Bagge’s afterword answers how and why he decided to write about Sanger, explaining among other things where he used his artistic license. More importantly, he addresses many of the accusations that have been leveled against Sanger. After using his graphic novel to tell her story as accurately as the medium allows, he uses his afterword to expose the lies that have been told about her. Even though her first marriage was to a Jewish man, she was a Japanophile and repeat visitor to Japan, she once fired a nurse who made a racist comment about black patients, and in many other ways showed her inclusiveness and forward thinking on race and ethnicity, her critics have accused Sanger of being an advocate of ethnic cleansing, due in large part to her association with the eugenics movement. Bagge takes this accusation head on:

Yet another irony is her association with the eugenics movement, which her critics often use as evidence that she was an advocate of “ethnic cleansing” and a hero of Hitler’s (her books were among the very first to be banned by the Nazis, in fact). One would never know it by the hysterical way the subject is discussed today, but there was no uniform “school” of eugenic thought — rather, it was a catch-all term for a set of practices its proponents believed would improve the human gene pool, including nutrition, hygiene, environmental protection, prenatal care, and, of course, birth control, all now universally acceptable. In fact, most eugenics advocates of the early 1920s (including several U.S. presidents) didn’t regard Sanger as a legitimate spokesperson for the movement at all, partly due to her refusal to acknowledge ethnicity as any kind of measure of human “fitness.”

Bagge’s graphic novel is worth picking up just for its afterword, which sets the record straight about Sanger, addressing many of the most repeated accusations and criticisms Sanger has faced both then and now. As a whole, the work is a refreshing contribution to a medium that is often a guilty pleasure at best. Women are significantly underrepresented in comic books and are frequently secondary, less powerful characters who are sexually objectified; and works like Michael Sheyahshe’s Native Americans in Comic Books: A Critical Study give us painful reminders of how poorly the medium does on other counts. While honest about her stubbornness and other flaws, Bagge’s work is an important step in redeeming Margaret Sanger from the relentless smear campaign against her, and it’s a welcome alternative in a medium with a questionable track record.

23 thoughts on “Book Club: Woman Rebel – The Margaret Sanger Story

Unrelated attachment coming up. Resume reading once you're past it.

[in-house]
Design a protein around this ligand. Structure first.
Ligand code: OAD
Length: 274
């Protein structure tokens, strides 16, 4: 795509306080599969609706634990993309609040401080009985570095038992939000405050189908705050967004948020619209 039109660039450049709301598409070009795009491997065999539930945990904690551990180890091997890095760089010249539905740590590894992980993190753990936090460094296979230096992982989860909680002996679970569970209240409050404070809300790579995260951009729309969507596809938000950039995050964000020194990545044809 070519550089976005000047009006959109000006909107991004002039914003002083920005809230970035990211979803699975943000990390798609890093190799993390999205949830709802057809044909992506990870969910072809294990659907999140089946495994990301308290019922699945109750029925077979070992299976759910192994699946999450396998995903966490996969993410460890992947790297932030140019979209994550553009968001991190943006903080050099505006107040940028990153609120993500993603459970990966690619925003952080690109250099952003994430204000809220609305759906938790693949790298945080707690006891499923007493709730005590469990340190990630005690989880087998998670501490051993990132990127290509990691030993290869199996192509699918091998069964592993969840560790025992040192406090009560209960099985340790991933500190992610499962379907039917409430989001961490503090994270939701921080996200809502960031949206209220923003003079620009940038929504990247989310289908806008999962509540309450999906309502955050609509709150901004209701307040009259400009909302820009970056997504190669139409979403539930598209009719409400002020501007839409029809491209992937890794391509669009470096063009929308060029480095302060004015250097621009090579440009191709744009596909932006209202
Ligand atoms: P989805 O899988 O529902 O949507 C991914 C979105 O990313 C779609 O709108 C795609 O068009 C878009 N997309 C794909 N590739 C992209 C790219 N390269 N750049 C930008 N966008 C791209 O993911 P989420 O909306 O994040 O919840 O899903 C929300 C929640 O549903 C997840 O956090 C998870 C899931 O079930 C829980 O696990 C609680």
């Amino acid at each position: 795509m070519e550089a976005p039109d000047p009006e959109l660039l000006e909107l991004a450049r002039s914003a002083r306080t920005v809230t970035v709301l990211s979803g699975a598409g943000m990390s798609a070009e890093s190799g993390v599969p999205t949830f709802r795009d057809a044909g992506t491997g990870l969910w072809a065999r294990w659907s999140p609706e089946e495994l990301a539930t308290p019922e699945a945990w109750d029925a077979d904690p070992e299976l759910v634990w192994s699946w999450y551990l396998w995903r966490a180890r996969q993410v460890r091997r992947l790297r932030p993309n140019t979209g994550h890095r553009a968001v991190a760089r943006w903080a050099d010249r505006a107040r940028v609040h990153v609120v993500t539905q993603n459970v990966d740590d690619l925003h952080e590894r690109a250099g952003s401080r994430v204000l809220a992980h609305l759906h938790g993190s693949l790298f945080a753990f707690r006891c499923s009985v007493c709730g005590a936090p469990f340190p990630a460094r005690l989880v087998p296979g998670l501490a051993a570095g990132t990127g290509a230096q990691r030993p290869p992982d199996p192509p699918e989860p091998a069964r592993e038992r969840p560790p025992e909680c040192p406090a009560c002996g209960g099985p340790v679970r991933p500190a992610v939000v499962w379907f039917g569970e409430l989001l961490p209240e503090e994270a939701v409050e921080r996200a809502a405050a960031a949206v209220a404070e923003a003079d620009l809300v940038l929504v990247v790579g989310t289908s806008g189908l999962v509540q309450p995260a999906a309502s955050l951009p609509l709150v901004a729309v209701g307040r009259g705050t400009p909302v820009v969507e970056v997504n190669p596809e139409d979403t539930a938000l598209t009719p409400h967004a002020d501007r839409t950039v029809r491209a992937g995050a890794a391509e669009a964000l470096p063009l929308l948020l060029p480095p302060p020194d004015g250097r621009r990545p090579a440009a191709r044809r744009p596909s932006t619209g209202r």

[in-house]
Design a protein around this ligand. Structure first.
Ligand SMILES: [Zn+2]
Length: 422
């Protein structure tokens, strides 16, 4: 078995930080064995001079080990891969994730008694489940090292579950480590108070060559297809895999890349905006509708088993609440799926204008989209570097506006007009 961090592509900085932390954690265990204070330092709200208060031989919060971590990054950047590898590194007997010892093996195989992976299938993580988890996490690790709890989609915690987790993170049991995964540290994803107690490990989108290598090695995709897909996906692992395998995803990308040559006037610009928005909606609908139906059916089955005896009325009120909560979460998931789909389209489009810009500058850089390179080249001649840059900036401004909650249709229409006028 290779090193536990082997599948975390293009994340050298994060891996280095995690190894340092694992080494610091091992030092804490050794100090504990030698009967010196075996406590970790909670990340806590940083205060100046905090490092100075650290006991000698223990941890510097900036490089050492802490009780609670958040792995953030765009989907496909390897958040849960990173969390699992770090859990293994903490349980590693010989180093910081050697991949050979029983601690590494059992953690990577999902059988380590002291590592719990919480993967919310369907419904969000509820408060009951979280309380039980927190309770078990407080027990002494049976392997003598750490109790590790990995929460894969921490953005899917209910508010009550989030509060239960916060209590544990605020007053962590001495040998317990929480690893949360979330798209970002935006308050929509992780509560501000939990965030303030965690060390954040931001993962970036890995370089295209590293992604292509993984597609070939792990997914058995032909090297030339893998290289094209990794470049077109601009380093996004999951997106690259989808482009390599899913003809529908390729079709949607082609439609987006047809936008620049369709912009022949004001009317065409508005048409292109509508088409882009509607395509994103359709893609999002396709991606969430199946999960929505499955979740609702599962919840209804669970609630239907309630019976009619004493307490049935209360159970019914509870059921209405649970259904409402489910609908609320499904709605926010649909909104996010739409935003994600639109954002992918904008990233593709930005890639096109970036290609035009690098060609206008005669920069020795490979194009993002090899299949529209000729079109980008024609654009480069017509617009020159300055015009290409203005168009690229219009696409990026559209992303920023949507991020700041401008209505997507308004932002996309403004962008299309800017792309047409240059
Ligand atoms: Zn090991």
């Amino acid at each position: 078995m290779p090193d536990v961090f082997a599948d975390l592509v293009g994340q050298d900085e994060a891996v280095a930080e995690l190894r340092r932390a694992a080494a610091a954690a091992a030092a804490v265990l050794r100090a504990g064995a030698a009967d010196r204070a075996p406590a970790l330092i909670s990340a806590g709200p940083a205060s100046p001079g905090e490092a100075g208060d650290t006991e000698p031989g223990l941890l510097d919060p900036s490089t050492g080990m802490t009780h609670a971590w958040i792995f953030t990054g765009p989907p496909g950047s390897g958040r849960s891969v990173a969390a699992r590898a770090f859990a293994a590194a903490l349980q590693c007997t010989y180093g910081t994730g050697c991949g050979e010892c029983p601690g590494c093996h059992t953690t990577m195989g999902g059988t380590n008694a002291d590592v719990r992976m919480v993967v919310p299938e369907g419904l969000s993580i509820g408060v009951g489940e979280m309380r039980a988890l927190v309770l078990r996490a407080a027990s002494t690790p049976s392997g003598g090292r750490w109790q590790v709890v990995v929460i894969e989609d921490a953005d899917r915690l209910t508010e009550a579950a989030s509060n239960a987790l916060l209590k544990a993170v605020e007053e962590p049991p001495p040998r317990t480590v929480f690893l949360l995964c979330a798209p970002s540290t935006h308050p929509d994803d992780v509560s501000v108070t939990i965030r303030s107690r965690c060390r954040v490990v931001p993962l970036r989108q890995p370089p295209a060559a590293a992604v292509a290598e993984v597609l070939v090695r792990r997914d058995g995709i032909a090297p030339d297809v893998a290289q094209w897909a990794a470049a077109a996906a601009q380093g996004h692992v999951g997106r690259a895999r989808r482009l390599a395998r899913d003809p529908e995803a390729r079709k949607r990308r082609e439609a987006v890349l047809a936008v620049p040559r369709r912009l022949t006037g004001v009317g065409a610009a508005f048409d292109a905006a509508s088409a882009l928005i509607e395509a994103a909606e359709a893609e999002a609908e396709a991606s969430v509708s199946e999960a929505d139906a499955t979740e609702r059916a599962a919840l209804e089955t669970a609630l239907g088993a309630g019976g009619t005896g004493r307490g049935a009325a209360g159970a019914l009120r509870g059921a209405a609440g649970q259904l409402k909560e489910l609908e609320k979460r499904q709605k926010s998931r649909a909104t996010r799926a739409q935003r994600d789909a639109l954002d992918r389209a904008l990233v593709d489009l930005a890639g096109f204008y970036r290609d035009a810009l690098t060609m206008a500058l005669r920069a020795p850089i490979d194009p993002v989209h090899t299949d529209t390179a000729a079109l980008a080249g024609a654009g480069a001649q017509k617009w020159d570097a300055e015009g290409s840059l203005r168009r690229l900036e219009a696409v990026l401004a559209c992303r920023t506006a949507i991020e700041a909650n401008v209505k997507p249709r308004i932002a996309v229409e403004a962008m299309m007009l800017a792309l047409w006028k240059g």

1. “and in many other ways showed her inclusiveness and forward thinking on race and ethnicity, her critics have accused Sanger of being an advocate of ethnic cleansing, due in large part to her association with the eugenics movement.”

    I could pick a hundred quotes that proved that this is a lie, but here’s one in particular that sticks out:

    “It is said that the aboriginal Australian, the lowest known species of the human family, just a step higher than the chimpanzee in brain development, has so little sexual control that police authority alone prevents him from obtaining sexual satisfaction on the streets. According to one writer, the rapist has just enough brain development to raise him above the animal, but like the animal, when in heat knows no law except nature which impels him to procreate whatever the result.”

    And here’s the source:

    Just another racist white feminist that other white feminists will insist on defending and revering until the cows come home. Is the next article in the series ‘Mary Daly: Not Transphobic After All?’

    • Thanks for the citation; I will look into it. l certainly appreciate the groundwork that Sanger laid for family planning and birth control, though when I researched her for the series I wrote on her time in Tucson for this blog I didn’t find her to be entirely likable. I think you underestimate people when you imply that those who defend her from illegitimate character assassination are necessarily mindlessly revering her. There are those of us who can appreciate a warts-and-all description of a complicated historical figure. You seem to be making other assumptions here as well, and I think it is pretty offensive to jump to some of these conclusions.

      My support for Planned Parenthood stems from the important work they do now. I appreciate that some people put a higher priority on the organization’s history and the controversy surrounding its founder than I do. I assume they hold Ford Motors, Procter & Gamble, Tucson Medical Center, and other such entities in similarly low esteem and are just as ready to voice their disdain when the topic comes up.

      • And by the way, equating “called for the forcible sterilizations of people with disabilities” to “not entirely likable” makes you part of the problem. So does the fact that you still don’t seem able to acknowledge the fact that PP has flat-out lied in defense of Sanger.